The Composition of Flourishing
This is the beginning of my series of posts as the #FlourishingEngineer. Flourishing is like happiness, but better. It’s the thing we all want in life — traditionally referred to as the good life. I want to build a more flourishing world. Doing this makes me feel good. This feeling grows as I try share it with others. This reasoning has shaped my life’s direction. Having found this purpose, the next step was to understand, what is the composition of flourishing?
The below thoughts were first presented at www.instagram.com/samstelzner/ — alongside scenes of my adventures into flourishing nature, where my best and happiest thoughts find me.
Across time and culture
Ancient Greeks Aristotle and Epicurus provide some of the first evidence of the articulation of the good life as human purpose, albeit with different interpretations. Aristotle favoured Eudaimonia, literally translated as good spirit. Eudaimonia is to live according to a set of virtues that everyone can agree are desirable. Epicurus favoured Hedonia, which holds pleasure to be the only intrinsic value. One should only embrace certain virtues if they make you feel good.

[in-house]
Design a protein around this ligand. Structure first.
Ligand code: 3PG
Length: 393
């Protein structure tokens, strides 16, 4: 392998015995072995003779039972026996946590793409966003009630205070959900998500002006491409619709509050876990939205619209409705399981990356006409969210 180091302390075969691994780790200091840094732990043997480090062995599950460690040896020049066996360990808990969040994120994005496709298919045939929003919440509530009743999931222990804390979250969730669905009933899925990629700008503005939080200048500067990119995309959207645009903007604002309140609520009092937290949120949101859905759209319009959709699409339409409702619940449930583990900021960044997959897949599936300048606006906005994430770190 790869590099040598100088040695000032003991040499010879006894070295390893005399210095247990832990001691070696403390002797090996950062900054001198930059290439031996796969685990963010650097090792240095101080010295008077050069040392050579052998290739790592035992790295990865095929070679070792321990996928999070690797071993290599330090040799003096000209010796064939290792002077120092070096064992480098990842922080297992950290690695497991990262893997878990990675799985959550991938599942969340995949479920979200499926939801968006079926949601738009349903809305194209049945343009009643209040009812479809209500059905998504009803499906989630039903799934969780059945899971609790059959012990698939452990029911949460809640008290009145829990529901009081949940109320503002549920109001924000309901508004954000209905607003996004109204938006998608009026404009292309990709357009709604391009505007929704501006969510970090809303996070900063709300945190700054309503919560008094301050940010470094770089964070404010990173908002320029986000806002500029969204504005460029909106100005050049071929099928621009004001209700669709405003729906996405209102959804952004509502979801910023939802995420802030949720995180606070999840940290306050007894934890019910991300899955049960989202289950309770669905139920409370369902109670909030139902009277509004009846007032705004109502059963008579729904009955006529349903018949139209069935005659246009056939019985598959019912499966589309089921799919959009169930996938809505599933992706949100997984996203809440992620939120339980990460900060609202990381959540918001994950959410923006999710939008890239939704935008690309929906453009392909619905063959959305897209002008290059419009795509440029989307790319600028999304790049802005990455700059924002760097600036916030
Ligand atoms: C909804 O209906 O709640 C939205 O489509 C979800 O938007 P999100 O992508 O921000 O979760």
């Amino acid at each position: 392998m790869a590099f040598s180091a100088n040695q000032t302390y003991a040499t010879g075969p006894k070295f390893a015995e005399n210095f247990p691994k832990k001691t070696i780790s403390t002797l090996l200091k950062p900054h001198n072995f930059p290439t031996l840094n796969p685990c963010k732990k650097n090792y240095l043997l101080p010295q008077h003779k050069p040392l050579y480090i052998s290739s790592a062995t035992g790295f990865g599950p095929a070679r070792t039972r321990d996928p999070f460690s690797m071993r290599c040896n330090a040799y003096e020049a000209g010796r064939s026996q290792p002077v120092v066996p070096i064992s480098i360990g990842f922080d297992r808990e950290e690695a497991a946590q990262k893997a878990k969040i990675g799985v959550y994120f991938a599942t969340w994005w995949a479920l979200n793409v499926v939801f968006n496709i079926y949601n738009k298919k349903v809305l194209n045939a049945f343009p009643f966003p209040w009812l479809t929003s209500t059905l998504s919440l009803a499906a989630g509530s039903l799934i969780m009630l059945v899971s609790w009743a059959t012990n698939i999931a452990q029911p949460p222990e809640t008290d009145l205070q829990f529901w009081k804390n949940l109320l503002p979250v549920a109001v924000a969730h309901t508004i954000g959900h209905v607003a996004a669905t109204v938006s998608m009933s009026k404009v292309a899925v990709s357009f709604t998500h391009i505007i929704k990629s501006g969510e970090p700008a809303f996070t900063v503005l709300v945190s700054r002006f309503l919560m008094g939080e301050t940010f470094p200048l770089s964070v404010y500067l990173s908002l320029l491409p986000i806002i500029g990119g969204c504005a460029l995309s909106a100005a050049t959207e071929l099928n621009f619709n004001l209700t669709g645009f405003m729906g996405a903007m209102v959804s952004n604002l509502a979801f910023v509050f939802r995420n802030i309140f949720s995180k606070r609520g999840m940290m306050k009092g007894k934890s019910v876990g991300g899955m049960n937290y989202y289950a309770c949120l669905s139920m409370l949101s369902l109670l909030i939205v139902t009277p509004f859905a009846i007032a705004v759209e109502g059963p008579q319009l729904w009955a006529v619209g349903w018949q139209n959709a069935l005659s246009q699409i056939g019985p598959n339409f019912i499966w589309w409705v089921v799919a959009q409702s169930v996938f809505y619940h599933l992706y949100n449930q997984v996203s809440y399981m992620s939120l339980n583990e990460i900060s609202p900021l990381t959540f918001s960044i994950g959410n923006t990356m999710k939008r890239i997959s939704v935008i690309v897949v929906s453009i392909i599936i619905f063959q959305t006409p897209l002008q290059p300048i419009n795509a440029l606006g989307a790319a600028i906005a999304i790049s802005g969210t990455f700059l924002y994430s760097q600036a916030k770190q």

Are we all just chasing pleasure, or do we aspire to a more transcendent goal?